var _gaq = _gaq || []; _gaq.push(['_setAccount', 'UA-21462253-7']); _gaq.push(['_trackPageview']); (function() { var ga = document.createElement('script'); ga.type = 'text/javascript'; ga.async = true; ga.src = ('https:' == document.location.protocol ? 'https://ssl' : 'http://www') + ''; var s = document.getElementsByTagName('script')[0]; s.parentNode.insertBefore(ga, s); })();

College of Science and Mathematics

Enhancing lives through learning, discovery and innovation

Website Update

Citizen Science Project Brings Telescopes to Rural Communities

Laser telescope pointed at the stars
A laser pointer shoots toward the sky during the Lassen Volcanic National Park’s Dark Sky Festival,
which some RECON teams attended. Photo credit: Manzanita Lake Night Sky Viewing by Alison


One Cal Poly physics professor is bringing real-world astronomy research to underserved communities in five states. John Keller and his research partner, Marc Buie from the Southwest Research Institute in Boulder, Colo., have engaged 56 communities in a citizen scientist project that stretches 1,200 miles from the Canadian border to Mexico.

Each community received a telescope, camera and training as part of the research project. “The town of Hawthorne, Nev., and the Mineral County School District now have a telescope to share for educational and community use, the first time ever,” said community member Kathy Trujillo.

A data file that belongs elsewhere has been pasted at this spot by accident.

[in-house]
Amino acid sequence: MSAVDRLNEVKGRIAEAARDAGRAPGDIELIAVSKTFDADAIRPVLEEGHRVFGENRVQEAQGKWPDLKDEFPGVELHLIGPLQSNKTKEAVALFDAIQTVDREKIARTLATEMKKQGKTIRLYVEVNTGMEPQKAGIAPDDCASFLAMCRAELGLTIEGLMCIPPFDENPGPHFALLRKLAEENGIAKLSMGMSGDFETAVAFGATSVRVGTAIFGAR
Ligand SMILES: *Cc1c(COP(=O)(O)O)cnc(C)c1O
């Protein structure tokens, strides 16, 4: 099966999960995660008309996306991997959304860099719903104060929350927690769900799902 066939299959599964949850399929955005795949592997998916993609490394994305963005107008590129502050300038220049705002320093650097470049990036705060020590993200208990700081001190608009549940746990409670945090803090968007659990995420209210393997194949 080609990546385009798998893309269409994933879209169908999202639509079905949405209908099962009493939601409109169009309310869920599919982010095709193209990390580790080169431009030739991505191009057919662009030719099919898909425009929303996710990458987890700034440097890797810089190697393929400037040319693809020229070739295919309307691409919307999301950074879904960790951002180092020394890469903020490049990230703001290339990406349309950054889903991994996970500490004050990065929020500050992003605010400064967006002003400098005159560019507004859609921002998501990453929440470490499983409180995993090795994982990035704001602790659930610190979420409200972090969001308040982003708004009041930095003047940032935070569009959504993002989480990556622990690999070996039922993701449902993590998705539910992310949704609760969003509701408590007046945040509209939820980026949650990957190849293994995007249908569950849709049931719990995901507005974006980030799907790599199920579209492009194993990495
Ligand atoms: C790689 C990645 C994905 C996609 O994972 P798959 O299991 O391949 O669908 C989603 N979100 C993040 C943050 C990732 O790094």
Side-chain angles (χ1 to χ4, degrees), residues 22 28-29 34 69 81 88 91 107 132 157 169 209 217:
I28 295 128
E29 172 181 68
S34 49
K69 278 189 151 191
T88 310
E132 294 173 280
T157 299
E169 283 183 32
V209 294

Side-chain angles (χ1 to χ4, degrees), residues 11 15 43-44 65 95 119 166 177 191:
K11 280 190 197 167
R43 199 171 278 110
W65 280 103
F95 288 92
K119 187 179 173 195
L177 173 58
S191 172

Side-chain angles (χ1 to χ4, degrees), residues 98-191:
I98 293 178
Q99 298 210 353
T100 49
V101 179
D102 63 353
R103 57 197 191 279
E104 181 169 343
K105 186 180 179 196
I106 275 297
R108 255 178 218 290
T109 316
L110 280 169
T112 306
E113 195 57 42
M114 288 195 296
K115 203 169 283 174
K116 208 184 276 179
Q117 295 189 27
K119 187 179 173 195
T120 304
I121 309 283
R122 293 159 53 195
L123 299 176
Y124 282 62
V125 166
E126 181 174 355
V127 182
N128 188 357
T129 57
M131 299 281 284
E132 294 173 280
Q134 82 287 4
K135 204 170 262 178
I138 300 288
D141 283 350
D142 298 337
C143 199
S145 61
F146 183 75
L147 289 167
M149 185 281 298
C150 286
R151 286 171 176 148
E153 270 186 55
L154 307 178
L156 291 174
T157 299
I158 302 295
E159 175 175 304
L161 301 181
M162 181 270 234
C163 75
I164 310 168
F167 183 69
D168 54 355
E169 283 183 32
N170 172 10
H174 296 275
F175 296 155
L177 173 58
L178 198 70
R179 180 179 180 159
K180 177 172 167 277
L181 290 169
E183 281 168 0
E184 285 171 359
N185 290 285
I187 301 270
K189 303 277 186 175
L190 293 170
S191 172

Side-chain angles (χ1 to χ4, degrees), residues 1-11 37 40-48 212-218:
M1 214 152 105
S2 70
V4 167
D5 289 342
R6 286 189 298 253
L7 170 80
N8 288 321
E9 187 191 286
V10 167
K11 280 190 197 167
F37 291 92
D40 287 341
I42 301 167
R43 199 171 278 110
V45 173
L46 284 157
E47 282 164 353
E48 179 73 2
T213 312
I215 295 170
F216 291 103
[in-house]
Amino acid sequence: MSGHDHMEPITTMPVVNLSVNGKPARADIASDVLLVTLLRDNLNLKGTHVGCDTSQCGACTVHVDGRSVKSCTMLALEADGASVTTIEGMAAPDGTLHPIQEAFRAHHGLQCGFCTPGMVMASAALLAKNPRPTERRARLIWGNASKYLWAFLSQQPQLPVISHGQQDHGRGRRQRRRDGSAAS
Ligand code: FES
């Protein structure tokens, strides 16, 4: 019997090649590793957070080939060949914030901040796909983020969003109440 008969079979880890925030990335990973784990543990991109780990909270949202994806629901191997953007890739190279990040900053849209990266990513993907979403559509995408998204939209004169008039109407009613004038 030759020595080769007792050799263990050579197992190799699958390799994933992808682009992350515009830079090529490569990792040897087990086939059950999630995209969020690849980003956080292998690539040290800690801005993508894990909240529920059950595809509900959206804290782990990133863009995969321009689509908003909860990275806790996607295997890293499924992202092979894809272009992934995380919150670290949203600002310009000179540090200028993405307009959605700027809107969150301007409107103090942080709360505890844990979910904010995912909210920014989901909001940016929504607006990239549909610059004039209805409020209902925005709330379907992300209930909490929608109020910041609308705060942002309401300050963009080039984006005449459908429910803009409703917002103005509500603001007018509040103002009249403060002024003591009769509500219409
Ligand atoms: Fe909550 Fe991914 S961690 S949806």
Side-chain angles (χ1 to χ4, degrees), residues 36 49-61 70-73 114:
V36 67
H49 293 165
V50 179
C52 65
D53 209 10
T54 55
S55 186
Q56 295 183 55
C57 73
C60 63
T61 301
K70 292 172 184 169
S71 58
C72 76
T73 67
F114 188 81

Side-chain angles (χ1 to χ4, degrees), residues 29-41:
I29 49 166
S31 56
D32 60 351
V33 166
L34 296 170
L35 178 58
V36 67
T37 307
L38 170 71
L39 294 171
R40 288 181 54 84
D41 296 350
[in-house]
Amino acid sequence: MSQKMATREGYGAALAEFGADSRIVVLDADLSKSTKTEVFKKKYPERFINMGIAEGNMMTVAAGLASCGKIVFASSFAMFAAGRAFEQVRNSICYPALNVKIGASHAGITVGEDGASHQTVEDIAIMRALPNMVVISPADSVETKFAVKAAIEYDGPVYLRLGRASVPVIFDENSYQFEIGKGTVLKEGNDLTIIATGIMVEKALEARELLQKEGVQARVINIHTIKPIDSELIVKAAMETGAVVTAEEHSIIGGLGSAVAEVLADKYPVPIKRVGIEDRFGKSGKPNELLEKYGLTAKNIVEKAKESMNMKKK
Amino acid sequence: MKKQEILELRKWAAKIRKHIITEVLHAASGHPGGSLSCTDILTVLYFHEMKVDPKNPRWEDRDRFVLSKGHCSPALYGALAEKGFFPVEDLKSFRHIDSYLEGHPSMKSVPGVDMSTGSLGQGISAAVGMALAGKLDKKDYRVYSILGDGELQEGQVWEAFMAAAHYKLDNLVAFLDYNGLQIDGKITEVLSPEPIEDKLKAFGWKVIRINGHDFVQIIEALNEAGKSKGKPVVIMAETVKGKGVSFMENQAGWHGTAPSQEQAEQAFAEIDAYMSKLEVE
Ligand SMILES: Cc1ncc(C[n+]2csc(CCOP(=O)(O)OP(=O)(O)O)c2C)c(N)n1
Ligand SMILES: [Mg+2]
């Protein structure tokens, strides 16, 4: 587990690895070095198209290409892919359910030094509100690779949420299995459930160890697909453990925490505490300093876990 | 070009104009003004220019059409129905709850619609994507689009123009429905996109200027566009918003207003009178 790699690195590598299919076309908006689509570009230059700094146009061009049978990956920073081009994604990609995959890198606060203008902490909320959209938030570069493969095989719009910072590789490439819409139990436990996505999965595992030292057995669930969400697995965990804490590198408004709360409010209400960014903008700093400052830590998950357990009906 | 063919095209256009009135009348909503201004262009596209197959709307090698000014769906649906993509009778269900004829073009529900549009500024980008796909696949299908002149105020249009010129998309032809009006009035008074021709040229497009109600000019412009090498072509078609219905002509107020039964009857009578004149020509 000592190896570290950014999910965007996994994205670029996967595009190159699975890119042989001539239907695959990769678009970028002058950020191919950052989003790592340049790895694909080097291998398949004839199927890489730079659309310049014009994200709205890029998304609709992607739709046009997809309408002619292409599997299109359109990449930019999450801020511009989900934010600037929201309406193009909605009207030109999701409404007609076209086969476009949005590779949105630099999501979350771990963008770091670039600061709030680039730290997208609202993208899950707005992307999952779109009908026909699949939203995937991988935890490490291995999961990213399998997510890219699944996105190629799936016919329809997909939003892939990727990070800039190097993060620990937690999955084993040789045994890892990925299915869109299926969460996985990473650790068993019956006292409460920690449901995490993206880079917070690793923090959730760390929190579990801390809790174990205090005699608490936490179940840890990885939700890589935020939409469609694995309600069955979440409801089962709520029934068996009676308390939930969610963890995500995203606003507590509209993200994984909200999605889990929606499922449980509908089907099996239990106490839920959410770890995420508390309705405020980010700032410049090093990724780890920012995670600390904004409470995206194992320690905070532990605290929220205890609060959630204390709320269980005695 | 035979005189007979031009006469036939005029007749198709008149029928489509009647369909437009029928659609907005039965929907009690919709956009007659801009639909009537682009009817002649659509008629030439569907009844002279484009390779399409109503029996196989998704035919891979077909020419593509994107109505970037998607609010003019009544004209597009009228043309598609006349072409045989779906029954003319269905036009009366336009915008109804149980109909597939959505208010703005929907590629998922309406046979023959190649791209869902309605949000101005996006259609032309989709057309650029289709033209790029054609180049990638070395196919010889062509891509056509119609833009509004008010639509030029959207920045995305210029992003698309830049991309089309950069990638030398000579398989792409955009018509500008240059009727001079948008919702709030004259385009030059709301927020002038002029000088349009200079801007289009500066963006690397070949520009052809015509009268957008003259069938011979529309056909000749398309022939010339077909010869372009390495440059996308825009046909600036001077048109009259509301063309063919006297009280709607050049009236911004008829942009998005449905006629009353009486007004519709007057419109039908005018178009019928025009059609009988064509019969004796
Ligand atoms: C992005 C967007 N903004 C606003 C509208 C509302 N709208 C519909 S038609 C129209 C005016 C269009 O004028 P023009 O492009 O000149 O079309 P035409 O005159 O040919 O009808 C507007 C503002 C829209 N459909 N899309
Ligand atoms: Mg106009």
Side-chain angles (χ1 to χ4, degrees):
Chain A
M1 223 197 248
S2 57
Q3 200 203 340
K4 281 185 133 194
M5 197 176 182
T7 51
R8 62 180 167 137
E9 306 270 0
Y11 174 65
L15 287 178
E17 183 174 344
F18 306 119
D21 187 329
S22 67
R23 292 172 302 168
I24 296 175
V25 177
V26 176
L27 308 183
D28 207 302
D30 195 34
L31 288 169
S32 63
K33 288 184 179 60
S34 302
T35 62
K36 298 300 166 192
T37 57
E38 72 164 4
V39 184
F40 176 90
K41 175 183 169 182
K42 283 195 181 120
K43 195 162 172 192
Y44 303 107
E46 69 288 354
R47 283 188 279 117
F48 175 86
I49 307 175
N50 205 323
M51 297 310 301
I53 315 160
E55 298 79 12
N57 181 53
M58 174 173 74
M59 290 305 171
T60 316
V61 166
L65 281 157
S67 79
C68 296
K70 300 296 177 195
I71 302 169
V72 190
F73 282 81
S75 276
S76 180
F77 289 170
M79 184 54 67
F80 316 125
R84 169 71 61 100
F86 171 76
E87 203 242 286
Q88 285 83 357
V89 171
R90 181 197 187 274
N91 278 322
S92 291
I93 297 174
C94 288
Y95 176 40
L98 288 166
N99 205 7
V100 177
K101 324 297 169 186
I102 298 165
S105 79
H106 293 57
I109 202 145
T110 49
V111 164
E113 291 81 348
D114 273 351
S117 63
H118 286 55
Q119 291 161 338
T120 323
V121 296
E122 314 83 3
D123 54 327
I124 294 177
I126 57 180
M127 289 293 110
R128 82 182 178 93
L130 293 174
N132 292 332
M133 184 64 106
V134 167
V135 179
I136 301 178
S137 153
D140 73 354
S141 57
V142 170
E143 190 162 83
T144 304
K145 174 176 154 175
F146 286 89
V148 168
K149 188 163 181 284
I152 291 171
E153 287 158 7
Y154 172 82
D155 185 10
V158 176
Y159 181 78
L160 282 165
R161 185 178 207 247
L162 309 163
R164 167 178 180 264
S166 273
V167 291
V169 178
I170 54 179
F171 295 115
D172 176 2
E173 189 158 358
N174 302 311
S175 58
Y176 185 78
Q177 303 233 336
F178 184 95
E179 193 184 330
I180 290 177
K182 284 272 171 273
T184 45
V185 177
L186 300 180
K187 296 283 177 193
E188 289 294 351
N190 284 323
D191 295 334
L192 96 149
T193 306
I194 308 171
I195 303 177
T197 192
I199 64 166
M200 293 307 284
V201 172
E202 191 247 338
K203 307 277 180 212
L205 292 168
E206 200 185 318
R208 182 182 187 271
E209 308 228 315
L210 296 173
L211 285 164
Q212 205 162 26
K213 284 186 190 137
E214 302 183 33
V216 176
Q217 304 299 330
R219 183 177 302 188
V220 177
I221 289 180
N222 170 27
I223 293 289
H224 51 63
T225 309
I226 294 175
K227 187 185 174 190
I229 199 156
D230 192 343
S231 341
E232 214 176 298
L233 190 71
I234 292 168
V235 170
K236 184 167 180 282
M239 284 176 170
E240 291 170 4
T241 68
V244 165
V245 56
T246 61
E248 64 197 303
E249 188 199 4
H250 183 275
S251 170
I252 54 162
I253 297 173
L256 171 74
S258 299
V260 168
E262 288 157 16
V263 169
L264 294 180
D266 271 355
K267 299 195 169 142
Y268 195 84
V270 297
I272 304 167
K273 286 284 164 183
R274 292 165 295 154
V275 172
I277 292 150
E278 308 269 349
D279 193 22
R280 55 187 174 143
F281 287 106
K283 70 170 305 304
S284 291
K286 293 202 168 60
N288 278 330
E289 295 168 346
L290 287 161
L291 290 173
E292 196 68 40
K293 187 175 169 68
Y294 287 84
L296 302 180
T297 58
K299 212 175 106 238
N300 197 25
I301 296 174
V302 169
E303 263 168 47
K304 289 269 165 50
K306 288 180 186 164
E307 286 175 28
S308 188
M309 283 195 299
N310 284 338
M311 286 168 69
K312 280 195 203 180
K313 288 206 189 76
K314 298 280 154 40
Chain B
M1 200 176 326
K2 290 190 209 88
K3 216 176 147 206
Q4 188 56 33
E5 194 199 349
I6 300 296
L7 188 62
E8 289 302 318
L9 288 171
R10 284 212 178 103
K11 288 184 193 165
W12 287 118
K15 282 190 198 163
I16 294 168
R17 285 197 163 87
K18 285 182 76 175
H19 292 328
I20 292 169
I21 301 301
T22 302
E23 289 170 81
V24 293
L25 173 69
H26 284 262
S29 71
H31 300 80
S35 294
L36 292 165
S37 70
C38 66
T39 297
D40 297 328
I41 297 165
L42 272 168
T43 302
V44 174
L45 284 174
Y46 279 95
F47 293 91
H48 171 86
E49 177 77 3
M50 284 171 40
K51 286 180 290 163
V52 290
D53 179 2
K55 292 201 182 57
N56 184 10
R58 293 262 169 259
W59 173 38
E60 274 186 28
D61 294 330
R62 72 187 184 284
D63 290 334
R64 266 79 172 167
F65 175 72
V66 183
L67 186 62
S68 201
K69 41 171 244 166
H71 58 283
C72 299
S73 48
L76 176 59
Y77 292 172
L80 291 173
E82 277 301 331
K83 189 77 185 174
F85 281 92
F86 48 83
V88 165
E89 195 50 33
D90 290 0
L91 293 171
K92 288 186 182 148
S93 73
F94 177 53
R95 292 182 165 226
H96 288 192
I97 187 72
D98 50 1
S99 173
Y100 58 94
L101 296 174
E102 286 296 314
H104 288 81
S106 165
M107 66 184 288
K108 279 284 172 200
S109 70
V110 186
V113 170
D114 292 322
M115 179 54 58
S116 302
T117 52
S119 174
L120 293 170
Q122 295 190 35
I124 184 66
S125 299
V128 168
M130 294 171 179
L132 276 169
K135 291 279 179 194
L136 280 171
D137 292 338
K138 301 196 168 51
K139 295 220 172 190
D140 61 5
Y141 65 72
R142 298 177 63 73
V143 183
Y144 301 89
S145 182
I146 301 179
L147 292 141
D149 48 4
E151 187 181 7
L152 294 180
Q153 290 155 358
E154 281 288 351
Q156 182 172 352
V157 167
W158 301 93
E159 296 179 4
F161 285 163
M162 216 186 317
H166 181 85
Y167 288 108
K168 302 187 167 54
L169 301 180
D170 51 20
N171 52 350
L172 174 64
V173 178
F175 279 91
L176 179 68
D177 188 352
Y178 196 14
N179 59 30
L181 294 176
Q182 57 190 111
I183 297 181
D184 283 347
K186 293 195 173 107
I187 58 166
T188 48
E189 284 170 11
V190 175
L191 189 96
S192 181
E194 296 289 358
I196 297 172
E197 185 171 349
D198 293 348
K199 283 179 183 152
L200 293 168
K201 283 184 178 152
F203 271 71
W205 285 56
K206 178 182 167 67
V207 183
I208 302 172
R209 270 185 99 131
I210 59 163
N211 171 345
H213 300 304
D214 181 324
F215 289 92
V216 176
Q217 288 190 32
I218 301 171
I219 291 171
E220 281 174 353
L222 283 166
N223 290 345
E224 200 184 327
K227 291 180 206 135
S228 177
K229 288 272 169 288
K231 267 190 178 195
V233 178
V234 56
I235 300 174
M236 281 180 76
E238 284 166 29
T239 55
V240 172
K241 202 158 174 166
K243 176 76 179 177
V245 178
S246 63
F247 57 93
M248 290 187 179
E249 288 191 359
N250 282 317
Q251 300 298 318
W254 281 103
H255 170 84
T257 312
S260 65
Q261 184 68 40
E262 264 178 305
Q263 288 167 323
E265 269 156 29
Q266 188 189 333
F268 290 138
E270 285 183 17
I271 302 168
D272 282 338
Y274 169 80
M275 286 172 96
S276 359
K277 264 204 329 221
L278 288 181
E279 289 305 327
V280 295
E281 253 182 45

Hawthorne is just one of the communities in the Research and Education Collaborative Occultation Network (RECON). These teachers, students and amateur astronomers are helping Keller and Buie measure the size of Kuiper Belt Objects (KBOs). These large, frozen bodies that orbit the sun in the outer region of the solar system hold important clues about the origins of the solar system.

Both Buie and Keller see the benefits of RECON stretching far beyond what scientists will learn about KBOs. “These rural cities are highly underserved communities,” Keller said. “This engages a whole network of high school students and citizen scientists in the excitement of scientific discovery.”

The network will conduct six coordinated observation campaigns of KBOs each year through 2019. “It's so exciting that our students will grow and learn with the RECON project throughout their high school careers,” said Trujillo.

Results from the project have already been published in The Astronomical Journal.


Related Content

Intersections Magazine - 2022

Intersections Magazine 2022: Fall Edition

Read Here

Intersections Magazine - 2021

Creating community is the theme of Intersections Magazine - 2021

Read Here

Intersections Magazine - 2020

Health is the theme of Intersections Magazine - 2020

Read Here